“Placing blame isn't what is important, but more how much the continuous praising has been harmful. I think it's great that you suggested not ordering trophies this year though! I work in higher education and come in constant contact with students who think they are so special, and parents who think their child is the only one in the world- the applauding for simple things is damaging. Thanks for reading!”
"I spent at least three of the last nine years resisting what I wanted to do professionally, not because I didn't know I wanted to do it but because it seemed impossible. Where did I get off thinking I could do the hard, notoriously un-lucrative thing (write, in some fashion) that I had always wanted to do? Who did I think I was? So I pretended I didn't know, and tried for a while to do other things, and all that did was make me feel displaced and paralyzed and like I was somehow cheating on myself."
Amen! I have spent the first half of my 20's trying to figure out "what I want to do" when in reality, I know what I want, I'm just terrified I'll fail getting there and have no business trying to attain what I feel is impossible. I just recently wrote a post about the harsh discovery us 20-somethings are now facing realizing we aren't all that special. What do you do when you've been told most of your life you can do anything you want and how great you are, only to realize you aren't all that unique?: http://www.huffingtonpost.com/sarah-stackhouse/generation-y_b_1725787.html?utm_hp_ref=fb&src=sp&comm_ref=false”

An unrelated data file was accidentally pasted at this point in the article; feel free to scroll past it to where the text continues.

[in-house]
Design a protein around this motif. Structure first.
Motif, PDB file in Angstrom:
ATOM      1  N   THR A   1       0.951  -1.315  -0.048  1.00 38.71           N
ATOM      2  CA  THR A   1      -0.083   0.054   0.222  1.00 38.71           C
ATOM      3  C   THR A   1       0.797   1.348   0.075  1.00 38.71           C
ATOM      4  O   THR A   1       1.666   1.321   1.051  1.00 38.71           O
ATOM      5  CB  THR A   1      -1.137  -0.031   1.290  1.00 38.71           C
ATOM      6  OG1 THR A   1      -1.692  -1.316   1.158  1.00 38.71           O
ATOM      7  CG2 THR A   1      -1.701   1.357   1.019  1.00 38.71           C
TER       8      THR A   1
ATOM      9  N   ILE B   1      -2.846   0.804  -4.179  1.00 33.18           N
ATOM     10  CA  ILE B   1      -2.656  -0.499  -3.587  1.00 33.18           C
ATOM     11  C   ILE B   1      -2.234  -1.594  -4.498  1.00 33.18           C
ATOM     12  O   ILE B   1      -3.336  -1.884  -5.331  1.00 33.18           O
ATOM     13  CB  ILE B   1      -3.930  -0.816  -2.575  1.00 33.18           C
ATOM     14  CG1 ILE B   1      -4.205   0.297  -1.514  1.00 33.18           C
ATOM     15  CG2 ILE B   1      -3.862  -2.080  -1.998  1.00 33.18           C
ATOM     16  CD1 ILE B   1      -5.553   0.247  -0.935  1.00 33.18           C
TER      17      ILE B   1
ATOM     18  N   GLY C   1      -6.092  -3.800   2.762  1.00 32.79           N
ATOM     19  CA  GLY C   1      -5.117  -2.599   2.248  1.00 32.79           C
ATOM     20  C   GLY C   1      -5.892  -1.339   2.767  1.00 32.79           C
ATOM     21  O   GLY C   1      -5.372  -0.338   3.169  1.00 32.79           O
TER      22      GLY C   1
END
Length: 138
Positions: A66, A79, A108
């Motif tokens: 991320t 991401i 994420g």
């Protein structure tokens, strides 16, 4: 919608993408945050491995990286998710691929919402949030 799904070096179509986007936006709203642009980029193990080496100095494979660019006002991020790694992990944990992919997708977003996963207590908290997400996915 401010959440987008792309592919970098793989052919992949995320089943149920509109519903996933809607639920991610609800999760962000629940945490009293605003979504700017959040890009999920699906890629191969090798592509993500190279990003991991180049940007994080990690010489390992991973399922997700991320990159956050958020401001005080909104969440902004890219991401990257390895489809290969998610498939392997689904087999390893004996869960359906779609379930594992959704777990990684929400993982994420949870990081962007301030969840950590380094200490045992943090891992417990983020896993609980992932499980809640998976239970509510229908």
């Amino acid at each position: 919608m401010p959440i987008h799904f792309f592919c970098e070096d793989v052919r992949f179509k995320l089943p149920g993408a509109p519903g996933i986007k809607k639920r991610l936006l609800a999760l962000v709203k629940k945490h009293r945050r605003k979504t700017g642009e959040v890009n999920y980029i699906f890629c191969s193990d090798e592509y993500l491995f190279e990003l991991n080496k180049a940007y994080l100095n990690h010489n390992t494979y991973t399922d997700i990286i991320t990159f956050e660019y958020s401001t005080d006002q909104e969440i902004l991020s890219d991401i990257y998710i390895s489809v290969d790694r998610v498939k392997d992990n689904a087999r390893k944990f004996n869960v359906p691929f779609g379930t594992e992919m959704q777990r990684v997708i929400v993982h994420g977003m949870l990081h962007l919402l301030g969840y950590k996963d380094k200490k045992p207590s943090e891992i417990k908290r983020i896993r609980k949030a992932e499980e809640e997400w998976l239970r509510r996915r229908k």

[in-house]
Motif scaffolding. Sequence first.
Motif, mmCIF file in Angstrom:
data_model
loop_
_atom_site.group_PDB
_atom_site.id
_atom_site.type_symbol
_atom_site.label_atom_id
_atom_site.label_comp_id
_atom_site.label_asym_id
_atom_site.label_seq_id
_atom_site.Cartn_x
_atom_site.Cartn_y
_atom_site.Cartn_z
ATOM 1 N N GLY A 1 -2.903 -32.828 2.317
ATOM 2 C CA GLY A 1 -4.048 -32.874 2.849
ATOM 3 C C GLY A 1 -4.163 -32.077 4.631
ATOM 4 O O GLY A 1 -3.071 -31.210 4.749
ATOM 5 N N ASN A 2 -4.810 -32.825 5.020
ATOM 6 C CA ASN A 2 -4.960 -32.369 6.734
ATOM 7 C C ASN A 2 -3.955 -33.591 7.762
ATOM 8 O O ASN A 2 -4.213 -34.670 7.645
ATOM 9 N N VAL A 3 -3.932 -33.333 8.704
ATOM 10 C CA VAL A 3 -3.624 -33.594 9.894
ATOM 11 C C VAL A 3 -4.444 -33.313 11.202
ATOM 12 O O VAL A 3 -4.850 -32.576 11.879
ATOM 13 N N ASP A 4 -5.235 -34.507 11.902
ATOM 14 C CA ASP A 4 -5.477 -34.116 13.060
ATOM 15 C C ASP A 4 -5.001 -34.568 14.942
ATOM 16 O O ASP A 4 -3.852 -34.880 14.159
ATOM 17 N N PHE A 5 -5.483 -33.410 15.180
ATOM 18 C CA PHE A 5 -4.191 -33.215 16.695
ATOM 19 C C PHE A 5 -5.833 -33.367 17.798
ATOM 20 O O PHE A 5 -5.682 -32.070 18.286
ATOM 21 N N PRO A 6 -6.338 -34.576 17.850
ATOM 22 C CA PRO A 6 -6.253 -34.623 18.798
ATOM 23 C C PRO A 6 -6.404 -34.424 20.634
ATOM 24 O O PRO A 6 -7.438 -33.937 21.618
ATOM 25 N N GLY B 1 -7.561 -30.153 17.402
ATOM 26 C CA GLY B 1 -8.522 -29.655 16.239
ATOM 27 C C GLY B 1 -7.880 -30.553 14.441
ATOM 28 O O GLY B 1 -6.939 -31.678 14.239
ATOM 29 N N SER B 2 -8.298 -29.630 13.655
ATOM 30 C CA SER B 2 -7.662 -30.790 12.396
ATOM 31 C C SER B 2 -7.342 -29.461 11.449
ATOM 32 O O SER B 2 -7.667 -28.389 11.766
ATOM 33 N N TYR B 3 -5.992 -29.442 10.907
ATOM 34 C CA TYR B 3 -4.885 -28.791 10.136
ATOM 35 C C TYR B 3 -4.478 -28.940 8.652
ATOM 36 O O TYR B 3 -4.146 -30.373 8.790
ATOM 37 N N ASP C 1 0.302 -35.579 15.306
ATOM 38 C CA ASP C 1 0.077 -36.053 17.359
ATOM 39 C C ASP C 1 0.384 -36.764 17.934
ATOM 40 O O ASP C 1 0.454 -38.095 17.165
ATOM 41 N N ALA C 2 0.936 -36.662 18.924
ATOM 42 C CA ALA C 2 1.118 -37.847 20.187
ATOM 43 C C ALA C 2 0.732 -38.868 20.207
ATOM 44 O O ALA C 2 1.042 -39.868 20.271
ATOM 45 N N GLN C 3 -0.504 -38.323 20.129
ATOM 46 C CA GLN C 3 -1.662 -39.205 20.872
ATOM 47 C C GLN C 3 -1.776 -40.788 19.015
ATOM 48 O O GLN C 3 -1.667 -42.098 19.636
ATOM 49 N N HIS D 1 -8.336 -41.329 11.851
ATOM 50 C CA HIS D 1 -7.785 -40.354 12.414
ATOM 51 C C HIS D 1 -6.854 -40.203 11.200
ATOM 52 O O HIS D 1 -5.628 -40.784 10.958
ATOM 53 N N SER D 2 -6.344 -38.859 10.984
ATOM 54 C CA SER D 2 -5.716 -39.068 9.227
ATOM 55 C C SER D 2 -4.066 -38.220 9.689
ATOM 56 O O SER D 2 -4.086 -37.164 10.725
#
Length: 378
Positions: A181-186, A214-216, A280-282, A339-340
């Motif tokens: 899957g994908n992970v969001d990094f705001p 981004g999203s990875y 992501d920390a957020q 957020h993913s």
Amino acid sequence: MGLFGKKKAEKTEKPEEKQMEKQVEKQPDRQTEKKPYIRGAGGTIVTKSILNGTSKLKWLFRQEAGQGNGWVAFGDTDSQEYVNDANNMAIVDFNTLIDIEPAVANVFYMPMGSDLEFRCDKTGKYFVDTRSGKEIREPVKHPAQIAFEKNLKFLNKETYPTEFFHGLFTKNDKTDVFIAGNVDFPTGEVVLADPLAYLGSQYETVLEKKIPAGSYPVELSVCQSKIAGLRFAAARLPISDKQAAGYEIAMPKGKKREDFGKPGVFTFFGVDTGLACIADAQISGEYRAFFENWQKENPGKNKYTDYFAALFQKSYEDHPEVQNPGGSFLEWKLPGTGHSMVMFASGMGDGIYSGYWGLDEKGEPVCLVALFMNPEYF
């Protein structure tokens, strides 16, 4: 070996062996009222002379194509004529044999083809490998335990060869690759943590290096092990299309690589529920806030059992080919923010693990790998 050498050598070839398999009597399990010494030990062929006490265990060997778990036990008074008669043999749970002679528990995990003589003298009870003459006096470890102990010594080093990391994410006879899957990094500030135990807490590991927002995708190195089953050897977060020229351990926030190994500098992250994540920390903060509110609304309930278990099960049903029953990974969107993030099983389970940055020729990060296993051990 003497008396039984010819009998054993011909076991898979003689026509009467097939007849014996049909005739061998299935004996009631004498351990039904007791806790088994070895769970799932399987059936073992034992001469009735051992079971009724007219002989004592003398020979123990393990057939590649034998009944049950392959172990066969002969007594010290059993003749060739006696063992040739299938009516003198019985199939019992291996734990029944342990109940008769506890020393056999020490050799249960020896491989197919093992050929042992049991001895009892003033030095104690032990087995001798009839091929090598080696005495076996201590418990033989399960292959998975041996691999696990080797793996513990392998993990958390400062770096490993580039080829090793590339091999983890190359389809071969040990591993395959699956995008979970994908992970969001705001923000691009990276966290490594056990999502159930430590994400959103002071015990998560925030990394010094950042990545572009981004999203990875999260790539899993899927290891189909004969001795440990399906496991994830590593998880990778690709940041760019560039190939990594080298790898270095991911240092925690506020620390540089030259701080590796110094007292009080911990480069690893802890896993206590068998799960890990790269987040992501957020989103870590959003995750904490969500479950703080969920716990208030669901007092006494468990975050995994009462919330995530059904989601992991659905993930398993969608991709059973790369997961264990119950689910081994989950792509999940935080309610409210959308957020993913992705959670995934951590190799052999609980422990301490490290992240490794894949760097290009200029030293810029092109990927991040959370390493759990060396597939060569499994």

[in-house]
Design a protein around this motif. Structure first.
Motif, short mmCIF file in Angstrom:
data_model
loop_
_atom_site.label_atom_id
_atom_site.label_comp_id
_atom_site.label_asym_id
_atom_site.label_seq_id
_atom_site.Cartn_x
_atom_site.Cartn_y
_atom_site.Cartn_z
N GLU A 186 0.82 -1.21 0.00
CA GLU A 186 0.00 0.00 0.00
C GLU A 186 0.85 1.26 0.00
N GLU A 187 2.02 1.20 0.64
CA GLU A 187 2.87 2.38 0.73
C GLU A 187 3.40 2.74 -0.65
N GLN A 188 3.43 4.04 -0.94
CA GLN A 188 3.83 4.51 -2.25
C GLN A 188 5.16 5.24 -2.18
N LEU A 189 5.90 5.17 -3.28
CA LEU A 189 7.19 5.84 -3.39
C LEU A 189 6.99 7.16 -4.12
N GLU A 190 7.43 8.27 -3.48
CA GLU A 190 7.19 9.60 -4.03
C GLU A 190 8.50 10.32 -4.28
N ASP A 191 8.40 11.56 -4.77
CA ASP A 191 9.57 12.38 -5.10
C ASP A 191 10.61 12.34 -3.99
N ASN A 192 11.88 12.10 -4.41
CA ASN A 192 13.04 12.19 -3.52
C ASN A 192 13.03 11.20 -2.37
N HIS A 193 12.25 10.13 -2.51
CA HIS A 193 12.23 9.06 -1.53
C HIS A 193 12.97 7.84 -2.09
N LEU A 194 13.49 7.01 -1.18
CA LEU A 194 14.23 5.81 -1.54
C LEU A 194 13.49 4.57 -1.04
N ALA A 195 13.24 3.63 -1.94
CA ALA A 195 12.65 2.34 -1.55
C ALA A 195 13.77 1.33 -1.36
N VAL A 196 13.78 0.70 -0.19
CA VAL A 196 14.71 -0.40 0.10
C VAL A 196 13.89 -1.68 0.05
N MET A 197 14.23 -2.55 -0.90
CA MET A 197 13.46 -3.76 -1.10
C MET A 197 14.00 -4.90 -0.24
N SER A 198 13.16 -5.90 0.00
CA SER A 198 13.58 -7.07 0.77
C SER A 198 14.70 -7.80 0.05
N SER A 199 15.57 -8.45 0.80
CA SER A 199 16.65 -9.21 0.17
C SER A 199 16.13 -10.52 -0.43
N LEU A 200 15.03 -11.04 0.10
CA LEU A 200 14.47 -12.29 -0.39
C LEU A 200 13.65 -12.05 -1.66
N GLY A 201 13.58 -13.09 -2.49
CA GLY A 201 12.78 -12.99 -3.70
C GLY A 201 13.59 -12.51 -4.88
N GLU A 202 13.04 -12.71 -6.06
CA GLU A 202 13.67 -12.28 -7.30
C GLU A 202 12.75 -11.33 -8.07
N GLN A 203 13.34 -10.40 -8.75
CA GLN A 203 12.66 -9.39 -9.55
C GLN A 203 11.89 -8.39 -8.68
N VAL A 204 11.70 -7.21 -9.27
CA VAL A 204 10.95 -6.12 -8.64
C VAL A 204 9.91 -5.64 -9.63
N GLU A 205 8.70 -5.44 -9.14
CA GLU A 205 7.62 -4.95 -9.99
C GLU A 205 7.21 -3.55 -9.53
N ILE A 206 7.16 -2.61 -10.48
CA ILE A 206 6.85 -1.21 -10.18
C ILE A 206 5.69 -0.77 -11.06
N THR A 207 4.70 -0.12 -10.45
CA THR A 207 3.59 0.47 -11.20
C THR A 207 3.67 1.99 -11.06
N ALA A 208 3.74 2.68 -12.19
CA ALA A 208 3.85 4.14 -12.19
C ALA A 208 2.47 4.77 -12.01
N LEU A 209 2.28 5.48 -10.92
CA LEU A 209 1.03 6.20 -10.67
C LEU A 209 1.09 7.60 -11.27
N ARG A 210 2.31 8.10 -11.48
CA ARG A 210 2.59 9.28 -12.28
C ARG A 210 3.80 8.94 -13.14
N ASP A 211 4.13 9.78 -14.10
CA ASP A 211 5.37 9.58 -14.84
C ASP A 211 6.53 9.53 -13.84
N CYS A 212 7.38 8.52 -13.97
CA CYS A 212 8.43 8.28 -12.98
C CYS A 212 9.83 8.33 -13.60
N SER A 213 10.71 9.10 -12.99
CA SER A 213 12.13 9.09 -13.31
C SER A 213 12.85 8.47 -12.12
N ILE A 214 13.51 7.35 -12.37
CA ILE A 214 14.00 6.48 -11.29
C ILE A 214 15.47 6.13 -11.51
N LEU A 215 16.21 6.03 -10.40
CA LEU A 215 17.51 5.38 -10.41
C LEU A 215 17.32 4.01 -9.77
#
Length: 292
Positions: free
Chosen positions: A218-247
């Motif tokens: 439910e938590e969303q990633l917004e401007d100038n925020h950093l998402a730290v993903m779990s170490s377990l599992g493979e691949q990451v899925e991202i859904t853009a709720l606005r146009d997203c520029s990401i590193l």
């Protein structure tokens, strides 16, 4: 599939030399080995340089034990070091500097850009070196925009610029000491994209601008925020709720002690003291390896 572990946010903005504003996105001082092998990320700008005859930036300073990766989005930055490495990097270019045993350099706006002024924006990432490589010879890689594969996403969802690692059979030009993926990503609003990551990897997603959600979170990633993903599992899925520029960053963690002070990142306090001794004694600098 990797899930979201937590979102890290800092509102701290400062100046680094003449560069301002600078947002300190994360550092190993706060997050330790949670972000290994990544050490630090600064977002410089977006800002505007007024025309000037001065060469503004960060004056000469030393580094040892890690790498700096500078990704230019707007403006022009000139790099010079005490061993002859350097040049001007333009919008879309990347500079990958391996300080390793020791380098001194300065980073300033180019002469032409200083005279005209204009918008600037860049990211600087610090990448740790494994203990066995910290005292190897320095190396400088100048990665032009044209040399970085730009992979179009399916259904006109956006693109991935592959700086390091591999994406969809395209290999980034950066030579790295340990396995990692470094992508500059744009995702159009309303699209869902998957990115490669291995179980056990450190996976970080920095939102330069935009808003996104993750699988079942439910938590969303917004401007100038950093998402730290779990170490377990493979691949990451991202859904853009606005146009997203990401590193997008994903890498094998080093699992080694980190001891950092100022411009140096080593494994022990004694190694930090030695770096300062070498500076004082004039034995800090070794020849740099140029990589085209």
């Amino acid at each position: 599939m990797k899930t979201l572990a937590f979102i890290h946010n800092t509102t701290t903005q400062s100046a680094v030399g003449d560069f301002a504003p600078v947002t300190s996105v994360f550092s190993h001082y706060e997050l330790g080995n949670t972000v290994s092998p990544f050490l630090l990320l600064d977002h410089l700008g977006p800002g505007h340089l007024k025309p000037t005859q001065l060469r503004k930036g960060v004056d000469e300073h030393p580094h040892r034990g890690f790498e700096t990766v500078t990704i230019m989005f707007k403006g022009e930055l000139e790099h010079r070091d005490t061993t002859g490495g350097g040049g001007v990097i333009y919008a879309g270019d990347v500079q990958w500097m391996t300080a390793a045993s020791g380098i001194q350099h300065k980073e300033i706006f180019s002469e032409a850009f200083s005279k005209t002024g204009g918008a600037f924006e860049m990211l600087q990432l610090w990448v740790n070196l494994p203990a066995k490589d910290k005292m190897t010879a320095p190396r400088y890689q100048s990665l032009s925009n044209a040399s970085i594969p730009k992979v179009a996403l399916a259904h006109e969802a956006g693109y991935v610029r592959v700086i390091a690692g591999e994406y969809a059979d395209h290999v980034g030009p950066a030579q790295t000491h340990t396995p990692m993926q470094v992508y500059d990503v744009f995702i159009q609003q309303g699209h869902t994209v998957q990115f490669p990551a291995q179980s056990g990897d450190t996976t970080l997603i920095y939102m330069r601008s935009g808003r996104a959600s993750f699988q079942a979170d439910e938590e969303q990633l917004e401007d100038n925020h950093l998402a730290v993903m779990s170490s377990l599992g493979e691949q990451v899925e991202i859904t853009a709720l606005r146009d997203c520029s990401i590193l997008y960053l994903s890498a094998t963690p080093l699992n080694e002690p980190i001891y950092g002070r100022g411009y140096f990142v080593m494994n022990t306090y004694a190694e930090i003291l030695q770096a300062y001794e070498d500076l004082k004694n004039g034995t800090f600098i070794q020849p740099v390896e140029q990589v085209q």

“As an adviser/counselor in higher ed (study abroad), I would LOVE for parents to read something like this. Although I slightly disagree with the first opening line as a good amount of parents are in fact those helicopter types, not all of them are. But all would benefit from actually communicating with their child before going off to college, to study abroad or whatever else.”